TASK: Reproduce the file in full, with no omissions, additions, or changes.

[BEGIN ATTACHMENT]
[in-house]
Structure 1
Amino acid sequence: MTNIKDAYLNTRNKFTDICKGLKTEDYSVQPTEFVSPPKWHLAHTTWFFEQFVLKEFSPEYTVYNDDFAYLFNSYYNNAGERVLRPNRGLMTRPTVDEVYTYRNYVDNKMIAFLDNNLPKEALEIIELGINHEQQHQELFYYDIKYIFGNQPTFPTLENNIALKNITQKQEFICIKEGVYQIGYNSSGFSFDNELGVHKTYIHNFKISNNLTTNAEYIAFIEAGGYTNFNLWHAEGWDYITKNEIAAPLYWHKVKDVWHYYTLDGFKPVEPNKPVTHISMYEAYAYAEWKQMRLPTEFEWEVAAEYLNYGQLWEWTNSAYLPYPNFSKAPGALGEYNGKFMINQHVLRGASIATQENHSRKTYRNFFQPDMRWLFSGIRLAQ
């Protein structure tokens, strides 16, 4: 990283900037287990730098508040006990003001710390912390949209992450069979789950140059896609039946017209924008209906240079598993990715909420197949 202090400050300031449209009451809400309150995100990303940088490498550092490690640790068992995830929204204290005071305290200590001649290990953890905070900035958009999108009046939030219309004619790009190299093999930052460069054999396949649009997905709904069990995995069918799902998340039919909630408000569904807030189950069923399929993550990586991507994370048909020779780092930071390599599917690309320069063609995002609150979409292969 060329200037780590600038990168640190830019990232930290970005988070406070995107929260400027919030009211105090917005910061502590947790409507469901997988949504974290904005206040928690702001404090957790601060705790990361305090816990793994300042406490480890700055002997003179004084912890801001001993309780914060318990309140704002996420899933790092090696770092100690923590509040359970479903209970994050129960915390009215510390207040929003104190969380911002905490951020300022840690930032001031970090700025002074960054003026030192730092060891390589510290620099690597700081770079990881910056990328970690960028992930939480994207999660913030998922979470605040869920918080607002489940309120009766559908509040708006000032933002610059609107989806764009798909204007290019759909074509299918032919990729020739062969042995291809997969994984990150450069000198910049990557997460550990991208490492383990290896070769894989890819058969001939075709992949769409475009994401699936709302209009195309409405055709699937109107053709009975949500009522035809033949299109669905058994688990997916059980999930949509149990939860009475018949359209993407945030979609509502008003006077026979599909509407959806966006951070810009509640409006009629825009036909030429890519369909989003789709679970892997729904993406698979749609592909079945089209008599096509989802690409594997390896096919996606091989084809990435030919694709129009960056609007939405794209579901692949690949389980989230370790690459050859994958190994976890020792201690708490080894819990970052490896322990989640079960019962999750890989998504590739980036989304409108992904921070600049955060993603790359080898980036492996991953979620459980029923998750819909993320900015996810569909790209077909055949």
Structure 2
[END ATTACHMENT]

[in-house]
Structure 1
Amino acid sequence: MTNIKDAYLNTRNKFTDICKGLKTEDYSVQPTEFVSPPKWHLAHTTWFFEQFVLKEFSPEYTVYNDDFAYLFNSYYNNAGERVLRPNRGLMTRPTVDEVYTYRNYVDNKMIAFLDNNLPKEALEIIELGINHEQQHQELFYYDIKYIFGNQPTFPTLENNIALKNITQKQEFICIKEGVYQIGYNSSGFSFDNELGVHKTYIHNFKISNNLTTNAEYIAFIEAGGYTNFNLWHAEGWDYITKNEIAAPLYWHKVKDVWHYYTLDGFKPVEPNKPVTHISMYEAYAYAEWKQMRLPTEFEWEVAAEYLNYGQLWEWTNSAYLPYPNFSKAPGALGEYNGKFMINQHVLRGASIATQENHSRKTYRNFFQPDMRWLFSGIRLAQ
């Protein structure tokens, strides 16, 4: 990283900037287990730098508040006990003001710390912390949209992450069979789950140059896609039946017209924008209906240079598993990715909420197949 202090400050300031449209009451809400309150995100990303940088490498550092490690640790068992995830929204204290005071305290200590001649290990953890905070900035958009999108009046939030219309004619790009190299093999930052460069054999396949649009997905709904069990995995069918799902998340039919909630408000569904807030189950069923399929993550990586991507994370048909020779780092930071390599599917690309320069063609995002609150979409292969 060329200037780590600038990168640190830019990232930290970005988070406070995107929260400027919030009211105090917005910061502590947790409507469901997988949504974290904005206040928690702001404090957790601060705790990361305090816990793994300042406490480890700055002997003179004084912890801001001993309780914060318990309140704002996420899933790092090696770092100690923590509040359970479903209970994050129960915390009215510390207040929003104190969380911002905490951020300022840690930032001031970090700025002074960054003026030192730092060891390589510290620099690597700081770079990881910056990328970690960028992930939480994207999660913030998922979470605040869920918080607002489940309120009766559908509040708006000032933002610059609107989806764009798909204007290019759909074509299918032919990729020739062969042995291809997969994984990150450069000198910049990557997460550990991208490492383990290896070769894989890819058969001939075709992949769409475009994401699936709302209009195309409405055709699937109107053709009975949500009522035809033949299109669905058994688990997916059980999930949509149990939860009475018949359209993407945030979609509502008003006077026979599909509407959806966006951070810009509640409006009629825009036909030429890519369909989003789709679970892997729904993406698979749609592909079945089209008599096509989802690409594997390896096919996606091989084809990435030919694709129009960056609007939405794209579901692949690949389980989230370790690459050859994958190994976890020792201690708490080894819990970052490896322990989640079960019962999750890989998504590739980036989304409108992904921070600049955060993603790359080898980036492996991953979620459980029923998750819909993320900015996810569909790209077909055949």
Structure 2